Mathura, a little town on the River Yamuna is synonymous with Lord Krishna who is believed have been born here. Alive with devotion to Lord Krishna - the evergreen hero of Hinduism, the lover of Radha and re-incarnation of Lord Vishnu - it has a peaceful and refreshing air about it. Mathura without Lord Krishna is like Bethlehem without Christ.
The city of Mathura is located at a distance of 145 km south-east of Delhi and 58 km north-west of Agra (India). The city has for long attracted Krishna devotees from across the world. Even the casual visitor finds the temples and monuments set in idyllic environs refreshing to core. Places of interest include:
Built by Nabir Khan in 1661 A.D., the Mosque has four lofty minarets, with brightly colored plaster mosaic of which a few panels currently exist.
This is the sacred spot where Lord Krishna is believed to have rested after slaying the tyrant Kansa.
Built in 1814, it is the main temple of the town. The best time to visit the temple is during the festive days of Holi, Janmashtami and Diwali as it is grandly decorated.
Located at Dampier Park, this museum has the finest collection of rare items from the Gupta and Kushan period (400 BC to 1200AD).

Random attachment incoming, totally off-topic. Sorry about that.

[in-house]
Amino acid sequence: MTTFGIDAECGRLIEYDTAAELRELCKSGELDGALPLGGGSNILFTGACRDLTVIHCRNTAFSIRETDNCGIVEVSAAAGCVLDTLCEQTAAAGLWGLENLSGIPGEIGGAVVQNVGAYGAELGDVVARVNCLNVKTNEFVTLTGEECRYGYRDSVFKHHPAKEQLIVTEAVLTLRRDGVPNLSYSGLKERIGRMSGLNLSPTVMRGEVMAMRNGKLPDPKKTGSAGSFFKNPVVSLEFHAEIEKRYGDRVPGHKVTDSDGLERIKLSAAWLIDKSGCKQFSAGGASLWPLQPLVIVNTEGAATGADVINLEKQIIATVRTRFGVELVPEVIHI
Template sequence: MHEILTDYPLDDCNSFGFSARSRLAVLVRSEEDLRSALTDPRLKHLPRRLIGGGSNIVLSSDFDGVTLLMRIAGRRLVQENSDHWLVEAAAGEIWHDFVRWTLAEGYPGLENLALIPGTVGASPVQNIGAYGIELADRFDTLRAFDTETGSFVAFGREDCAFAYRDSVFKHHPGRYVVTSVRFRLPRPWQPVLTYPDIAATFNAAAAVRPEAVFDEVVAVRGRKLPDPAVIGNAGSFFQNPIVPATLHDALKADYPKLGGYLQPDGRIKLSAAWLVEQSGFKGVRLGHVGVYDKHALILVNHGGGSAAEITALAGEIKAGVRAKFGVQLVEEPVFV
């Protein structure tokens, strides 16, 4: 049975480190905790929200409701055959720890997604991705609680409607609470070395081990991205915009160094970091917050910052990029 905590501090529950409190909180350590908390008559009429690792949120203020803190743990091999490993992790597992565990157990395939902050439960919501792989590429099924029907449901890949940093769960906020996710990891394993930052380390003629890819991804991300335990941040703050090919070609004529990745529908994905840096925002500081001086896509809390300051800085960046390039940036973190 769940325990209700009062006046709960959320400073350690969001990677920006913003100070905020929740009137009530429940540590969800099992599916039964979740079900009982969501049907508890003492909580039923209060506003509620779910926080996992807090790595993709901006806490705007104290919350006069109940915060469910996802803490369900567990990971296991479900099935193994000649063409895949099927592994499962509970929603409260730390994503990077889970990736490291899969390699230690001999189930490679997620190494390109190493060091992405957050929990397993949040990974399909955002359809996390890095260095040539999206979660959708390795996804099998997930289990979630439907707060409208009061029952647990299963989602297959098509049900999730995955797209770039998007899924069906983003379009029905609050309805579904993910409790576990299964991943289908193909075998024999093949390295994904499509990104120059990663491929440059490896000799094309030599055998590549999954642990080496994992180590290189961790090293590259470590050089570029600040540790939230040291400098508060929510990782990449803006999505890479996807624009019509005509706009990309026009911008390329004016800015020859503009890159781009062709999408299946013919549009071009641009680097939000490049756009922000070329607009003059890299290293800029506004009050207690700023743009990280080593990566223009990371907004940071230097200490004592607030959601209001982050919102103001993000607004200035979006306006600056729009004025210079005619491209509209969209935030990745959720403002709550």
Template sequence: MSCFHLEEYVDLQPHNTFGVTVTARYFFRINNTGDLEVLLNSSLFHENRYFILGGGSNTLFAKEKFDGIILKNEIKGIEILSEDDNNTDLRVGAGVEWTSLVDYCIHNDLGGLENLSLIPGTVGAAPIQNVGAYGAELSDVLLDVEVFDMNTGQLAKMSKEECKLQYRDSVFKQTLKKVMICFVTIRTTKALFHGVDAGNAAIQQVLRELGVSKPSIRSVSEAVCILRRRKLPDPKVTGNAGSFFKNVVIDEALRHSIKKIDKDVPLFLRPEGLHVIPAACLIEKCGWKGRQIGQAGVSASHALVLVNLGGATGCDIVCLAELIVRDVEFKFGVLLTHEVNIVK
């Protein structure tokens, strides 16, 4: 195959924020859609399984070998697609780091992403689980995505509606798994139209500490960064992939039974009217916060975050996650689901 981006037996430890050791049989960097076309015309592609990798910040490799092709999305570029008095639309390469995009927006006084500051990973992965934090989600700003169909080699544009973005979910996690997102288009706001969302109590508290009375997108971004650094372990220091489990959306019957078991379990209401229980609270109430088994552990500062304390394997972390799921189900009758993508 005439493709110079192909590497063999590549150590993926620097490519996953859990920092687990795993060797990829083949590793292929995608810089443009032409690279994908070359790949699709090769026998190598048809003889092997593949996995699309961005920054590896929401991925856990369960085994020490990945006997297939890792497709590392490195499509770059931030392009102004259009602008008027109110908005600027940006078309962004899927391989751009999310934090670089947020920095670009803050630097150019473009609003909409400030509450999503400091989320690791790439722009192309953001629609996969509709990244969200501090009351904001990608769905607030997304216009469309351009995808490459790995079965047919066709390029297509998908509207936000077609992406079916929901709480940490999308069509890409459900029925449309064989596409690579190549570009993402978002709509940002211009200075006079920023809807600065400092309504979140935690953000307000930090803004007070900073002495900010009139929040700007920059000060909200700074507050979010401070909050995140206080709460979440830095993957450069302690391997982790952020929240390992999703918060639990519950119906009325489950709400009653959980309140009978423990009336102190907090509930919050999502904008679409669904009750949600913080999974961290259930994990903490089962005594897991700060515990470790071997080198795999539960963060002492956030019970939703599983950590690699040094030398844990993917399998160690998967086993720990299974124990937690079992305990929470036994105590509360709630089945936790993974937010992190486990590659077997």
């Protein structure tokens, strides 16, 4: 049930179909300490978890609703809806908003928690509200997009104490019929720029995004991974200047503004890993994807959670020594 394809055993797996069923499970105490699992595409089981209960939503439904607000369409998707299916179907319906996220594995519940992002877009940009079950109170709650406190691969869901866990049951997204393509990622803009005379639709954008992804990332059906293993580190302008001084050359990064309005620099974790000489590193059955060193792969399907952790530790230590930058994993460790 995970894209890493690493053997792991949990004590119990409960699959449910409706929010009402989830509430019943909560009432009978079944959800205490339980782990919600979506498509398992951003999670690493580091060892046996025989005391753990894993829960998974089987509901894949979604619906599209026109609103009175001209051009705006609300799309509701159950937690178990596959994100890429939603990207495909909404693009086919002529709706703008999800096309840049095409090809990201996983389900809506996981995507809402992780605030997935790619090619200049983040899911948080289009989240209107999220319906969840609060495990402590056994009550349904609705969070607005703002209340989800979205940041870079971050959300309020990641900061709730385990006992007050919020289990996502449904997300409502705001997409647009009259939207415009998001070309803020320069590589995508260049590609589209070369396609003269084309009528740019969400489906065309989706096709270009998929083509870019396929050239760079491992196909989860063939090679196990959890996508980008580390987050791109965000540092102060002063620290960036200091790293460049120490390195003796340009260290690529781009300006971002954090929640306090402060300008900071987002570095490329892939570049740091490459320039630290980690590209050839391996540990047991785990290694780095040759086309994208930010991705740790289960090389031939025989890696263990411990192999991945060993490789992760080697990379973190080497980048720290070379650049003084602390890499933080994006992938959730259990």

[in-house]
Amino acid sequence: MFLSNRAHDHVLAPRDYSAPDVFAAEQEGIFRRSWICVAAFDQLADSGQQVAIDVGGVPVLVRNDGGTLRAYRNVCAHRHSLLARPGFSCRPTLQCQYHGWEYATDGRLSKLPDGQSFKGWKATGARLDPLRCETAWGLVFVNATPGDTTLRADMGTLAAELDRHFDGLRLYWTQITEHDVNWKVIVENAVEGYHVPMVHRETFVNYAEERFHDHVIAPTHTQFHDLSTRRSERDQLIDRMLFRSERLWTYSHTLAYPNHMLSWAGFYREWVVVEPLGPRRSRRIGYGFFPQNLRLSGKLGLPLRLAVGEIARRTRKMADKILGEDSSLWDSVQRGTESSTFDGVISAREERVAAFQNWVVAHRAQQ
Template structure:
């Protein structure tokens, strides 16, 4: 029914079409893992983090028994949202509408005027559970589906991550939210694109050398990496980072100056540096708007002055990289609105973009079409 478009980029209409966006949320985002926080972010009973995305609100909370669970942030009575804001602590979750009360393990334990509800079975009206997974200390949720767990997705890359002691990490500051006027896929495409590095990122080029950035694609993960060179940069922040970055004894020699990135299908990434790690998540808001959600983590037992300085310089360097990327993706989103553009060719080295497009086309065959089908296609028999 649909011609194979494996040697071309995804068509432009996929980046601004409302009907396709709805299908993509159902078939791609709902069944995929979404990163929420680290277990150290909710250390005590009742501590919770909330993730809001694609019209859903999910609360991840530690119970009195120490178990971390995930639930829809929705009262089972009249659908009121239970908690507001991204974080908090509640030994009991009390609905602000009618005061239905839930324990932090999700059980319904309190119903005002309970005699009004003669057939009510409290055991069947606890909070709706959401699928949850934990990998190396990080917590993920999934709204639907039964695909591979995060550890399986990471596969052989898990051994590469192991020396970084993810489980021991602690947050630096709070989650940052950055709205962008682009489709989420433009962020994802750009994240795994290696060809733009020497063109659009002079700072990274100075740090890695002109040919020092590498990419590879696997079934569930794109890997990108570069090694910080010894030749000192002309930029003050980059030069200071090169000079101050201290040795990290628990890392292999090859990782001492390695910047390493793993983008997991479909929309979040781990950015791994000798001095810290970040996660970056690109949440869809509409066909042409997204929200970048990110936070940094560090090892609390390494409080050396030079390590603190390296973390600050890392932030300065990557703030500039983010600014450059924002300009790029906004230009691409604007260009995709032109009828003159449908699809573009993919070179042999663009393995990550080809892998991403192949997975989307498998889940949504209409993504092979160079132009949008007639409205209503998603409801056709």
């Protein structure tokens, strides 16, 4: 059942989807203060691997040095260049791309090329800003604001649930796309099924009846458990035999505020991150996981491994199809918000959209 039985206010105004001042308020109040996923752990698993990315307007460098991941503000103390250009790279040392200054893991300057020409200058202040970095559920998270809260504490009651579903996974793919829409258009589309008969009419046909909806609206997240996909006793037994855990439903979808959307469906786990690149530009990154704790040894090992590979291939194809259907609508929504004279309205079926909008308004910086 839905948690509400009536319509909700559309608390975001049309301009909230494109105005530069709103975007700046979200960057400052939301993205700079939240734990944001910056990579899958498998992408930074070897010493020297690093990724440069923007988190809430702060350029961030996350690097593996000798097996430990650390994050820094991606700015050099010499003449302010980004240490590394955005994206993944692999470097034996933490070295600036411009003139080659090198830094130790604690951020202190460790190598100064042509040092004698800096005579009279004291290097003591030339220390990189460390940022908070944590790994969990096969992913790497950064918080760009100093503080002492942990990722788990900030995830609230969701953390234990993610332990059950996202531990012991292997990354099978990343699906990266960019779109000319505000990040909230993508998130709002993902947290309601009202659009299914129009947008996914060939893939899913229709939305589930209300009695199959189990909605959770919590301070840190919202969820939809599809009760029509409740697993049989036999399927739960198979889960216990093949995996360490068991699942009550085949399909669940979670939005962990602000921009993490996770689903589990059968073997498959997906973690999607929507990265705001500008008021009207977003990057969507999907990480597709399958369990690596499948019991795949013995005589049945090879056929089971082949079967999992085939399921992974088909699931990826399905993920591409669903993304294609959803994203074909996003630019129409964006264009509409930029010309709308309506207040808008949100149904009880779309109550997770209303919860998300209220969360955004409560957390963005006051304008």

The rare wetland grove and bird sanctuary, roughly five acres in size, is located a few miles across the Yamuna River. Local tradition has it that the lake, or 'sarovar', was formed from the tears of Sri Radha, while in an intensely emotional state of wounded love. She came here alone when she feared she had lost Krishna. In her memory a solitary image of her is worshipped in a small shrine beside the lake.
Govardhan Hill was about 16 miles (29 km) high 5,000 years ago. Govardhana is formed in the shape of a peacock. Radha Kunda and Syama Kunda are the eyes. Dan Ghati is its long neck. Mukharavinda is the mouth and Punchari is its back and tail feathers. A peacock often curves its neck and puts his head under its stomach. Govardhana Hill is shaped in this pose of a peacock. It is believed that the hill is sinking by the height of a mustard seed daily as it was cursed by Pulastya Muni.
Kusuma Sarovara is a 25 minutes walk from Radha Kunda. Kusuma means "flower," and here the gopis would pick flowers for Krishna. Kusuma Sarovara is the best swimming spot in Mathura.
There are 25 holy tirthas (bathing places or ghatas) in Mathura. Visram Ghata is in the middle and there are 12 ghatas south of Visrama Ghata and 12 ghatas north. The 12 ghatas in the south extend to Moksa Ghata.
These holy tirthas are mostly located about 400m south of Visrama Ghata, almost right next to each other. Many of the ghatas are known now by different names. Asi Ghata, Prayaga Ghata, Chakra Tirtha Ghata, Krishna Ganga, Dhruva Ghata and Visrama Ghata are still known by the same names.